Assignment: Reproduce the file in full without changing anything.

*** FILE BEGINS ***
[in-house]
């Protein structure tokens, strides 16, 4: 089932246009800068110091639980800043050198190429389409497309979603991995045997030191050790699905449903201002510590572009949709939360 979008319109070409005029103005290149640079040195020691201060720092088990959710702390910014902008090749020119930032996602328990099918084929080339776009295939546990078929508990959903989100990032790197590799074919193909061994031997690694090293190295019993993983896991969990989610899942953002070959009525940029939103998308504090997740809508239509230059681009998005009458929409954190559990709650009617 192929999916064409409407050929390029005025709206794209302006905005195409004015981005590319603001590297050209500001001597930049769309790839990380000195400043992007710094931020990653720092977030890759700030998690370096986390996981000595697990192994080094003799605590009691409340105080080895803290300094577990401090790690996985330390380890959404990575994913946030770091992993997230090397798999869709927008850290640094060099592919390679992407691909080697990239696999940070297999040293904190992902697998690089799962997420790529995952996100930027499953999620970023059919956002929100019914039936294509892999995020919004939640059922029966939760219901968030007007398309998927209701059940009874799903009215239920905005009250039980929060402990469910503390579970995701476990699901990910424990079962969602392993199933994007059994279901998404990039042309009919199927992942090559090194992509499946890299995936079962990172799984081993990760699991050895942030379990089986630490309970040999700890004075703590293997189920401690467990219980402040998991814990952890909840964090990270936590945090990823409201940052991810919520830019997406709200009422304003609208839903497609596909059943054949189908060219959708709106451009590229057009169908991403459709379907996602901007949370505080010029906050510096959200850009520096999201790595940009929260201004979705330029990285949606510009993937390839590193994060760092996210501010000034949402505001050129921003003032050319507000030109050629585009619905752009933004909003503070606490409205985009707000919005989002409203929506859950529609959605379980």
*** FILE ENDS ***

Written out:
[in-house]
């Protein structure tokens, strides 16, 4: 089932246009800068110091639980800043050198190429389409497309979603991995045997030191050790699905449903201002510590572009949709939360 979008319109070409005029103005290149640079040195020691201060720092088990959710702390910014902008090749020119930032996602328990099918084929080339776009295939546990078929508990959903989100990032790197590799074919193909061994031997690694090293190295019993993983896991969990989610899942953002070959009525940029939103998308504090997740809508239509230059681009998005009458929409954190559990709650009617 192929999916064409409407050929390029005025709206794209302006905005195409004015981005590319603001590297050209500001001597930049769309790839990380000195400043992007710094931020990653720092977030890759700030998690370096986390996981000595697990192994080094003799605590009691409340105080080895803290300094577990401090790690996985330390380890959404990575994913946030770091992993997230090397798999869709927008850290640094060099592919390679992407691909080697990239696999940070297999040293904190992902697998690089799962997420790529995952996100930027499953999620970023059919956002929100019914039936294509892999995020919004939640059922029966939760219901968030007007398309998927209701059940009874799903009215239920905005009250039980929060402990469910503390579970995701476990699901990910424990079962969602392993199933994007059994279901998404990039042309009919199927992942090559090194992509499946890299995936079962990172799984081993990760699991050895942030379990089986630490309970040999700890004075703590293997189920401690467990219980402040998991814990952890909840964090990270936590945090990823409201940052991810919520830019997406709200009422304003609208839903497609596909059943054949189908060219959708709106451009590229057009169908991403459709379907996602901007949370505080010029906050510096959200850009520096999201790595940009929260201004979705330029990285949606510009993937390839590193994060760092996210501010000034949402505001050129921003003032050319507000030109050629585009619905752009933004909003503070606490409205985009707000919005989002409203929506859950529609959605379980």